Post-Convention Democrat Dip: D.C. Street Polling Serves Up Doldrums

"The novelty's wearing off," labor union economist Peter Greenberg, 32, says. "And I doubt I'm the only one wondering whether the Democrats picked a wonderful but unelectable candidate."
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WASHINGTON, D.C. -- Political activist Tom Hayden and I have two things in common: we both attended the University of Michigan during the Pleistocene era and we both think Barack Obama will probably lose the 2008 presidential election.

For Hayden, the reason Obama will lose is simply this: a white war hero will always trump a black candidate who's talking about the economy. That's a seductive soundbite. But is it true?

There's no denying Obama's poll numbers are lackluster. Michael Barone of U.S. News & World Report said before the Democratic convention that "it seems pretty clear that Obama has lost some ground, though exactly how much is unclear."

For me, there's only one way to find out what ordinary Americans (not pundits) are thinking about Obama these days: hit the bricks and ask them -- just like Jon Stewart admonished me to do weeks ago.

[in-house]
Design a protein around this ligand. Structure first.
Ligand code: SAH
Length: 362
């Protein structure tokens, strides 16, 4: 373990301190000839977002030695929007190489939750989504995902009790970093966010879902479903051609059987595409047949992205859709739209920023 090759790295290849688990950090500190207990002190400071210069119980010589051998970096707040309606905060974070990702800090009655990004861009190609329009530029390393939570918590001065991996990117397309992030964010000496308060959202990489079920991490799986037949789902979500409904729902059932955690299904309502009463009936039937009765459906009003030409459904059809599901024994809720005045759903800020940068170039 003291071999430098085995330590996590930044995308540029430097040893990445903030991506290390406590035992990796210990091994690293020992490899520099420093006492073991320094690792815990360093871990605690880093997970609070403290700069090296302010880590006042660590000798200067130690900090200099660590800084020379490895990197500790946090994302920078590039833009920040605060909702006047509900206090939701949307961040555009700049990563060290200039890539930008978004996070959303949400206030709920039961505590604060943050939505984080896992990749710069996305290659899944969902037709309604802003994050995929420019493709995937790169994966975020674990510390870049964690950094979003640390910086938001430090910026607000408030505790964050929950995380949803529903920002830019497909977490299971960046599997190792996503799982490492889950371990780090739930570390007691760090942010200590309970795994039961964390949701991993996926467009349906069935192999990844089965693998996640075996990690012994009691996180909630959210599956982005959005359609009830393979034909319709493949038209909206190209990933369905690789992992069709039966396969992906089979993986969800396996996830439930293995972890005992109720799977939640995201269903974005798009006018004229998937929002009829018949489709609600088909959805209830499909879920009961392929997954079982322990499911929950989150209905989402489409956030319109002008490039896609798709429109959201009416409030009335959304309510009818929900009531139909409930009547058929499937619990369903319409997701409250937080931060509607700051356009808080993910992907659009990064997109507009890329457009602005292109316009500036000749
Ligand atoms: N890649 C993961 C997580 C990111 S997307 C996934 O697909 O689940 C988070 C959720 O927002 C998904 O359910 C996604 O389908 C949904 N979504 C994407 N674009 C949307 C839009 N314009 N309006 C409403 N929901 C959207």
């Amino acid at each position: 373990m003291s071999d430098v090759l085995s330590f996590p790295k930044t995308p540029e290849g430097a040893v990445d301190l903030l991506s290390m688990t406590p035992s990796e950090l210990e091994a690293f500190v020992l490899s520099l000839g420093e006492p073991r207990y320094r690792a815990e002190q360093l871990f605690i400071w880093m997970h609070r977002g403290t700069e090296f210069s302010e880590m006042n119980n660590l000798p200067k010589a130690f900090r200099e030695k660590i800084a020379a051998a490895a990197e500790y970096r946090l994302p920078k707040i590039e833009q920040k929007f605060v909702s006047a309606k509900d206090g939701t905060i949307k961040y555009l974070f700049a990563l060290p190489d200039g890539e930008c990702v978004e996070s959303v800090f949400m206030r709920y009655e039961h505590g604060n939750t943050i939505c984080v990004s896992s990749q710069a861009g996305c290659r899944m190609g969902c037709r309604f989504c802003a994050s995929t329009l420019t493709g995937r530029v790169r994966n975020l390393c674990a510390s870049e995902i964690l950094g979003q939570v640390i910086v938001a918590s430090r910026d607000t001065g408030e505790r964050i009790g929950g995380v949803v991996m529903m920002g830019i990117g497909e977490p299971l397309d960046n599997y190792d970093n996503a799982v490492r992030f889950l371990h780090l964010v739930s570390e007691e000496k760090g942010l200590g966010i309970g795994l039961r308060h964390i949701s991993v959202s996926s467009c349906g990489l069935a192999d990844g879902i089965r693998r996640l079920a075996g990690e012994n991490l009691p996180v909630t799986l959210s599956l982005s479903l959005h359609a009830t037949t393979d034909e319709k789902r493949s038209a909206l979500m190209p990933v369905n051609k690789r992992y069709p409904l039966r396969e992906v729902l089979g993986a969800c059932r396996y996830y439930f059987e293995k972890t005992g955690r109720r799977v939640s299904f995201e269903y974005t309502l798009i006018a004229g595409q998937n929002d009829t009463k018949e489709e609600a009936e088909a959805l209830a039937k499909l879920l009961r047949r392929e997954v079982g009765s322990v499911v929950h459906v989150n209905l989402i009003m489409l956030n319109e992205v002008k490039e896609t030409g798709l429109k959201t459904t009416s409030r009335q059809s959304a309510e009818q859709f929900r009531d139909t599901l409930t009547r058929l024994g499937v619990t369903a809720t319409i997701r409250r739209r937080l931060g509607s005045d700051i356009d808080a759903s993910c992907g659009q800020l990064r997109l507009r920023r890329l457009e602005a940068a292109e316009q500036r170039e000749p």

Lookin' For Night Owls
Inside the McDonalds on 17th Street, in the diverse Borderstan neighborhood of Dupont Circle, four young boys are growing restless as they wait to place an order. (What are they doing here at 10:30 PM anyway? Where are their parents?) I grab a Premium Roast Coffee (never mind the hour) and hightail it to a corner booth where several Gen-Xers aren't shy about expressing their increasing disillusionment with the Democratic candidate.

"The novelty's wearing off," labor union economist Peter Greenberg, 32, told OffTheBus. "And I doubt I'm the only one wondering whether the Democrats picked a wonderful but unelectable candidate."

For these young professionals, the more mainstream Obama becomes, the more he loses his distinction. They want him to dole out tougher medicine on the economy. "The baby boomers bankrupted the country. Obama still hasn't explained to me how he's going to fix this mess," said book distributor Mike Huling, 33, who is sitting on our booth rather than in it.